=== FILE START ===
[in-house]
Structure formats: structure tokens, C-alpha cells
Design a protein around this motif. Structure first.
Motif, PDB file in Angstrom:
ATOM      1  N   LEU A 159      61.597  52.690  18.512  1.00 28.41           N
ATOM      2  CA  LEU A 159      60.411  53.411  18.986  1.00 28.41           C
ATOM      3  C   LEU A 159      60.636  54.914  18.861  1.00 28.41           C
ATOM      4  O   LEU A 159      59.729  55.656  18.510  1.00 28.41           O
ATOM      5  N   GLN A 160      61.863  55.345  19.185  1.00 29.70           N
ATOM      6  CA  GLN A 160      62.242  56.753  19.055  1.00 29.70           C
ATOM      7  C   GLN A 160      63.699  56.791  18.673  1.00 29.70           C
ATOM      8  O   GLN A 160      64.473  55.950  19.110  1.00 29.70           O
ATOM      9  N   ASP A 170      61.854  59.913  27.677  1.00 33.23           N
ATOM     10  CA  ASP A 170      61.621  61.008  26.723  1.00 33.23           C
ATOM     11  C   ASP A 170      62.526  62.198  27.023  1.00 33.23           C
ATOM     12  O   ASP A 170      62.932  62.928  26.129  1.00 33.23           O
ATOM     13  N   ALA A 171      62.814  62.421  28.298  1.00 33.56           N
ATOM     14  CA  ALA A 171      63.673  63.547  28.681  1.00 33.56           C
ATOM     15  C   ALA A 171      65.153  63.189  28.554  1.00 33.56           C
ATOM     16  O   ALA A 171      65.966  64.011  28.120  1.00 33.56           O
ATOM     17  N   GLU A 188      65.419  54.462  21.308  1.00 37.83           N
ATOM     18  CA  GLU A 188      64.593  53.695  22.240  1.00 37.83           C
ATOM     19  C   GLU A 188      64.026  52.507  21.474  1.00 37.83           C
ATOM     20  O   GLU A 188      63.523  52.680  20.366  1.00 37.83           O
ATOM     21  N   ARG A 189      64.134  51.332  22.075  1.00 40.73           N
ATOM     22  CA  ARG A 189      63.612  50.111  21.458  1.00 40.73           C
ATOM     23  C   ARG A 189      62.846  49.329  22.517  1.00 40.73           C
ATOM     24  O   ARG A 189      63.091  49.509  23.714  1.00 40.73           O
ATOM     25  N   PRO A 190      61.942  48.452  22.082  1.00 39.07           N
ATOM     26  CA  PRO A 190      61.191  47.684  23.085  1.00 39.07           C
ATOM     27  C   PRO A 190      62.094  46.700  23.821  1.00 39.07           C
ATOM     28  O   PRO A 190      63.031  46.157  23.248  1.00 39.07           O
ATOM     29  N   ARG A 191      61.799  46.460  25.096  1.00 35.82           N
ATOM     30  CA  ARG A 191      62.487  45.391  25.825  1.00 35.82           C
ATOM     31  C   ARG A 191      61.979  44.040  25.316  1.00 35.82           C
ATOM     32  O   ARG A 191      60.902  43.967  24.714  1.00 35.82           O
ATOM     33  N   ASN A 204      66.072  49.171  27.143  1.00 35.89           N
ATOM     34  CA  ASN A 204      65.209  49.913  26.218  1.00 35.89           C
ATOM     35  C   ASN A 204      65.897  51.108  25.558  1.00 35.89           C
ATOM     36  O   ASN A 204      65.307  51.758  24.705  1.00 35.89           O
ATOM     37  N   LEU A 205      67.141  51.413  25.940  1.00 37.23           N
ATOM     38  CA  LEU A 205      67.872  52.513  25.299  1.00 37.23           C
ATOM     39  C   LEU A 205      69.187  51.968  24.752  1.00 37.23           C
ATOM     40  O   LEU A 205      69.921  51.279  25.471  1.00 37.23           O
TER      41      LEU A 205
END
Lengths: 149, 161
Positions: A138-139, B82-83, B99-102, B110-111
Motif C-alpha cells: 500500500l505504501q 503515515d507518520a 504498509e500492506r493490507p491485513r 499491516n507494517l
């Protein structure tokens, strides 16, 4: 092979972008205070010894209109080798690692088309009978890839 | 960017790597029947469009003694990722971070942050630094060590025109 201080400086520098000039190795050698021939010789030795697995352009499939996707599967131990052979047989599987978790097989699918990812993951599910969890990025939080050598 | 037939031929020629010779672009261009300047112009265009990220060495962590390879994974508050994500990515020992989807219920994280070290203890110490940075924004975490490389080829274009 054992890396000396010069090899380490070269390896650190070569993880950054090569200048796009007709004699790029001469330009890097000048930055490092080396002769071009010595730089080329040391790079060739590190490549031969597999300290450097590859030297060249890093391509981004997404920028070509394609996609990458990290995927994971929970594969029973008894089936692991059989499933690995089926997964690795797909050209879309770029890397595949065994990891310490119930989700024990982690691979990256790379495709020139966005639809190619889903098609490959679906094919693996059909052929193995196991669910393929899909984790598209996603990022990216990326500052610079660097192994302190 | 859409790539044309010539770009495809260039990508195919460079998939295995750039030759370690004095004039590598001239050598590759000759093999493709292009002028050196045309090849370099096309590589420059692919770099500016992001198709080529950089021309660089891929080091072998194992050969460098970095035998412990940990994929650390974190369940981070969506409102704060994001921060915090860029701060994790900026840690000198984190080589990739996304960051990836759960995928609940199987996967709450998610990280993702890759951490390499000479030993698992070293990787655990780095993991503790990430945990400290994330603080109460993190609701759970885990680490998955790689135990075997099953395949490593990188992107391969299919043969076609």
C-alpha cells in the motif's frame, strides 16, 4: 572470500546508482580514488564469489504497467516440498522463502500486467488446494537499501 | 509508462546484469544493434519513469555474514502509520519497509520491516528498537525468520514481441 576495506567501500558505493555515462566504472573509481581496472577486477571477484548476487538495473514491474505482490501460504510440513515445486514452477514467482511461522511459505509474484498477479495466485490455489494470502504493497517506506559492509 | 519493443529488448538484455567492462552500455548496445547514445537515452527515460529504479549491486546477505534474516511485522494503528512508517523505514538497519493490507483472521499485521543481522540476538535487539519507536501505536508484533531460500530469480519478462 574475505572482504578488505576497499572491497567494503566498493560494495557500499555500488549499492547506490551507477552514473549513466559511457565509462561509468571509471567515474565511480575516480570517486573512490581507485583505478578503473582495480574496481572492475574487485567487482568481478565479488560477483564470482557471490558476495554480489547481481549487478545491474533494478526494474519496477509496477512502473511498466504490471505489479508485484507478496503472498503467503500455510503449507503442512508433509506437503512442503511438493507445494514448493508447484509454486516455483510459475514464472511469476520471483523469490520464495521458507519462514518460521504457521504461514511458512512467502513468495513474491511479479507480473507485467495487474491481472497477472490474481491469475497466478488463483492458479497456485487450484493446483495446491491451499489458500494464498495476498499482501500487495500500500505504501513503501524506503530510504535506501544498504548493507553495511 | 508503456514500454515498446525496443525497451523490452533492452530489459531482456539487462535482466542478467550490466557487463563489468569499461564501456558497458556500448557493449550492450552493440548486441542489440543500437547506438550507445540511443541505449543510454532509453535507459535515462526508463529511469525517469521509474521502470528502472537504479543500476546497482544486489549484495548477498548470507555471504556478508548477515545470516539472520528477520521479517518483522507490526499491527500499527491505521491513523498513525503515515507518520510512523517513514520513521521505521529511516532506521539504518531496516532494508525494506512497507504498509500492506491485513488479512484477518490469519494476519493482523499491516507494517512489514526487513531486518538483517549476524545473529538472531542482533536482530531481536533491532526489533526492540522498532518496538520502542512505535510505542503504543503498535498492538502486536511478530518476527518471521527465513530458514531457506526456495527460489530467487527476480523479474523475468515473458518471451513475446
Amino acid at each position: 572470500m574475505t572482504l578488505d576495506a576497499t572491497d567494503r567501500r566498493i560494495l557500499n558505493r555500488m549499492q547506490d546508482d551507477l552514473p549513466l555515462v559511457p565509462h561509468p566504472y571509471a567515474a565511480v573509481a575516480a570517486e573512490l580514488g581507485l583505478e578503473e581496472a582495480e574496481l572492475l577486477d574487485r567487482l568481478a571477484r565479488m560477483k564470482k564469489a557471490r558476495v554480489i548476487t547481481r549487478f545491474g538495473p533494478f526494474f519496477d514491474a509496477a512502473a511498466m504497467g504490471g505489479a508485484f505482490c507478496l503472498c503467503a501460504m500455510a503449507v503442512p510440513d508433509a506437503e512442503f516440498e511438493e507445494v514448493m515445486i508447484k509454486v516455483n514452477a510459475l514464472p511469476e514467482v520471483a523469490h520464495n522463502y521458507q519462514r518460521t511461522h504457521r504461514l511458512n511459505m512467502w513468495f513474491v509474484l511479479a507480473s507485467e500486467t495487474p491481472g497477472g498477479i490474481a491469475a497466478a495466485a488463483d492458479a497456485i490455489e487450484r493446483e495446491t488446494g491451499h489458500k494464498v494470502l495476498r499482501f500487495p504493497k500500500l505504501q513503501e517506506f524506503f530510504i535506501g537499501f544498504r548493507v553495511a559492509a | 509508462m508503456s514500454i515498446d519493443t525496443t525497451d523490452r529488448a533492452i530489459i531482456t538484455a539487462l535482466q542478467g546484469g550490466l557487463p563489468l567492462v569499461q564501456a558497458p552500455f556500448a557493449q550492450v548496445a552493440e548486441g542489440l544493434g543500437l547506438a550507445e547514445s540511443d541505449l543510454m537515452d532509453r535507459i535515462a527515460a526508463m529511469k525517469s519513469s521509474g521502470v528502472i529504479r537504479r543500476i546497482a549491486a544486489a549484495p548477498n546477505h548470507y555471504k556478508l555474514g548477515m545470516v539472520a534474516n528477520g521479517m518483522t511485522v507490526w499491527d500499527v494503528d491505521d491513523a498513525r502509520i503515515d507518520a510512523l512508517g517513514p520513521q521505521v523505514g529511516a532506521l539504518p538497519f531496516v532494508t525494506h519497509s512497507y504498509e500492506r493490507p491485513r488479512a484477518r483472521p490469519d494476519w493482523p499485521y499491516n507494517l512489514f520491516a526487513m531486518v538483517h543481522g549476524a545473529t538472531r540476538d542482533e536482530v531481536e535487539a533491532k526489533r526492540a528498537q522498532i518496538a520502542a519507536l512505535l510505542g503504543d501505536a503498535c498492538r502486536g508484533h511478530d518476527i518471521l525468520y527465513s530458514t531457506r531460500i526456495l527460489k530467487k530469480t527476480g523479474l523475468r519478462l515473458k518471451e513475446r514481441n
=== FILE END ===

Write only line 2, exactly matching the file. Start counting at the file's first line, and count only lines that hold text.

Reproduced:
Structure formats: structure tokens, C-alpha cells